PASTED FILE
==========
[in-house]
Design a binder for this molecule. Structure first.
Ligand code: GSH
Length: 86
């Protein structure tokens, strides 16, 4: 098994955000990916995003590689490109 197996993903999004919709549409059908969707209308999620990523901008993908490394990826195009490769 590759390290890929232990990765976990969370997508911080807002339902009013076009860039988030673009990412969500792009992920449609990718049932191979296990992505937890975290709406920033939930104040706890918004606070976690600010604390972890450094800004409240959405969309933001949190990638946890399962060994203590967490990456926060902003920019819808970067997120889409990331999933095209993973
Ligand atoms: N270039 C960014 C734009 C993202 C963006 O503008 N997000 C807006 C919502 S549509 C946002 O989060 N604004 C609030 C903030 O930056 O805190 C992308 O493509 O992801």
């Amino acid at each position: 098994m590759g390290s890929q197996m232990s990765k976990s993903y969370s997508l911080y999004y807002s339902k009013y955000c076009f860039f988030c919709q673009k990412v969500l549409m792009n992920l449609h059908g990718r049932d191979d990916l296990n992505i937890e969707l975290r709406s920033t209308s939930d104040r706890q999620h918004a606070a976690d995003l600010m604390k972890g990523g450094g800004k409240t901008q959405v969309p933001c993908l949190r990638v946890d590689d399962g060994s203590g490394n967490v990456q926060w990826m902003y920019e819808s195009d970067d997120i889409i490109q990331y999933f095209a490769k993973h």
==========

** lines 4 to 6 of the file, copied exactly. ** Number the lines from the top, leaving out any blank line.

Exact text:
Length: 86
């Protein structure tokens, strides 16, 4: 098994955000990916995003590689490109 197996993903999004919709549409059908969707209308999620990523901008993908490394990826195009490769 590759390290890929232990990765976990969370997508911080807002339902009013076009860039988030673009990412969500792009992920449609990718049932191979296990992505937890975290709406920033939930104040706890918004606070976690600010604390972890450094800004409240959405969309933001949190990638946890399962060994203590967490990456926060902003920019819808970067997120889409990331999933095209993973
Ligand atoms: N270039 C960014 C734009 C993202 C963006 O503008 N997000 C807006 C919502 S549509 C946002 O989060 N604004 C609030 C903030 O930056 O805190 C992308 O493509 O992801």